In Carriage for instance, the scratchiness and slight warp of the edges of the mesh become inescapably noticeable, and this has the effect of making one aware of the actual materials used and hence of the specific scale of the piece with respect to oneself. The Window and Source, by contrast, in some way escape the strange quality of fixity and material nakedness which ultimately consigns Carriage, despite its simplicity, to a state of muteness, expressing as it does little more than its cumbersome materiality. The degree to which The Window and Source succeed is in large part due to the fact that the actual physical property of mesh is somehow gathered into the overall fragility and delicateness which characterizes the abstractness of each piece. In each case, Caro has contrived to do this by striking a single bar of steel across the surface of the mesh. The sharp, cutting quality of the bar has the effect of coalescing the mesh, so that bar and mesh merge to become a single visual entity whose placement within the sculpture marks off a limit, but does so without drawing attention specifically to its transparency, and hence its function within the piece.

Seeing these three sculptures makes one acutely aware of how fundamentally unnoticeable and unassertive are the specific shapes and the actual scale of Caro’s most powerfully realized sculptures, and this applies as much to the small table sculptures, a number of which are included in the exhibition, as it does to a massive work like After Summer. And one realizes the degree to which Caro’s insistence on the placement and connections of forms as a sole means for expression, makes this kind of unassertiveness an absolute imperative. Sculptures as dissimilar as The Window and After Summer rely crucially for their life and expressiveness on the quality which I earlier described as that of shapes inexorably placed. One is made to savor this quality with an almost perilous explicitness in The Window; the shapes exist so singularly as an expression of qualities of transparency and denseness that their expressiveness constantly hovers at the edge of material explicitness. The Window and also Source, are, as I have already said, almost too nakedly embodiments of Caro’s particular impulse and vision and as such one cannot be completely unaware of the actual physical mechanics of their structuring: that this and this shape are placed and connected in these ways.

The more massive a sculpture the more imperative become the demands on Caro that the physical structuring of a piece be free of its own specific materiality. After Summer is a triumphant expression of this kind of mastery, for with this sculpture Caro has revealed a new and extraordinarily moving kind of physicality. It is by far the largest work included in the exhibition, having a length of 24 feet and a sideways span of 19 feet, yet in one’s experience of the sculpture one is never farther from an awareness of the actual heftiness implicit in the placement and joining of the massive quadrant-shapes which Caro uses. There is nothing, for instance, of the sensuousness of handling which is integrally a part of the Wagon sculptures which David Smith made in 1964, in which the sensuousness comes from the evidence of massive bars of steel having yielded to Smith’s shaping impulses. Caro’s shaping impulses are manifested in After Summer only to the extent that he has used the curved quadrant-shapes in such a way as to articulate an infinitely nuanced and sensuous quality of amplitude. The paired repetition of the quadrant-shapes articulates the huge spread of the sculpture and alternately parts and fills it with their flaring density. The swelling shoulder of each shape has an almost palpable physical sensuousness to it which transforms beyond itself to another, less locatable sensuousness, as one registers the shaded concavity of each shape. In After Summer Caro has realized a sculpture whose very massiveness and abundant physicality reveals to us not its monumentality of scale, but an unimaginably subtle and inward expressiveness. Seeing a sculpture like this makes one understand not only the kind of discipline required to achieve a sculpture of this ambition, but also the kind of freedom which Caro pursues.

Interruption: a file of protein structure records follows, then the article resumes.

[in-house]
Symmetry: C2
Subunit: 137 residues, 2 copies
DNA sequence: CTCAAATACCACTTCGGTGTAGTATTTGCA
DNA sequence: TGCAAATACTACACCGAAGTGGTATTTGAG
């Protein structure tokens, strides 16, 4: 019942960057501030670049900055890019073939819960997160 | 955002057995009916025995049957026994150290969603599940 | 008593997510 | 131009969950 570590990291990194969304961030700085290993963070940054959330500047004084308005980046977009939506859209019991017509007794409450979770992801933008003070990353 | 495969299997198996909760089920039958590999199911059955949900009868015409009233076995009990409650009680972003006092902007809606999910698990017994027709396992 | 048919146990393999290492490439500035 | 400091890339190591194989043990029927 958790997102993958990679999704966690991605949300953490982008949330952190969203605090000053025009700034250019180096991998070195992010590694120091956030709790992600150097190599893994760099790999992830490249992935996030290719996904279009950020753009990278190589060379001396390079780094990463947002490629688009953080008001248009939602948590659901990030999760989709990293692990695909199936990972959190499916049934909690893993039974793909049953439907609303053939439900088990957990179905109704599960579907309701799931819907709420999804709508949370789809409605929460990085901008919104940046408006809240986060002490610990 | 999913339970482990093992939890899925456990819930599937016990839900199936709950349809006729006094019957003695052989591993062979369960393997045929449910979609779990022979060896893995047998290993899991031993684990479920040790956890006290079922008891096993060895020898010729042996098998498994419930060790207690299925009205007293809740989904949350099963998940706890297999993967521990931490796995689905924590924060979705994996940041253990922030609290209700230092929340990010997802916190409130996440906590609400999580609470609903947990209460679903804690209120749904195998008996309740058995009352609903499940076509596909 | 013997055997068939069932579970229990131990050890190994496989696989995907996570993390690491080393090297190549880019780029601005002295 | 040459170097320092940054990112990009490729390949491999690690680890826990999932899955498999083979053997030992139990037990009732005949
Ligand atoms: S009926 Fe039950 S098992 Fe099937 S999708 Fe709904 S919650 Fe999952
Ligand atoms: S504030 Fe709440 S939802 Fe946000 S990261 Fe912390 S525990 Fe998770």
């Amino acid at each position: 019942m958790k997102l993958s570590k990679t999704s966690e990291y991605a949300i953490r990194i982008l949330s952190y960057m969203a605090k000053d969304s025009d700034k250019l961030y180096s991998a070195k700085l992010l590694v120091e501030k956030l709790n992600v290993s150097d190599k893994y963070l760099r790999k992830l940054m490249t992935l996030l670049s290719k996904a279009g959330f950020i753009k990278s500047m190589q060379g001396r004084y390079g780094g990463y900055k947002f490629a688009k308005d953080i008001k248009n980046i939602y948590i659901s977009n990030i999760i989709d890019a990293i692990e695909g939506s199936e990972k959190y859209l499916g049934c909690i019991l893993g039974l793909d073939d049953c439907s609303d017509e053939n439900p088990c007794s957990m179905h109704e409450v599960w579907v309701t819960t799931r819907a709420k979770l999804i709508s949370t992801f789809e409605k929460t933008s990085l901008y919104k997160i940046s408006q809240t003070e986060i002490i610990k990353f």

Jane Harrison Cone


1. Michael Fried, introduction to exhibition catalog, Whitechapel Gallery, 1963.

2. Michael Fried, introduction to exhibition catalog, Hayward Gallery, 1969.

3. Clement Greenberg, “Anthony Caro” in Contemporary Sculpture, Arts Yearbook No. 8, 1966. Michael Fried makes this observation on Caro’s work in the introduction to the catalog of the present exhibition: “. . . the visual initiative his pieces call for is more like listening to than like looking at,” and this I think is extraordinarily apt.

4. Michael Fried, op. cit., 1963.

5. This is something that Clement Greenberg has discussed with great discernment and lucidity in “Anthony Caro” (op. cit., 1966).

6. For a discussion of this piece see Michael Fried’s “Two Sculptures by Anthony Caro,” Artforum, February, 1968.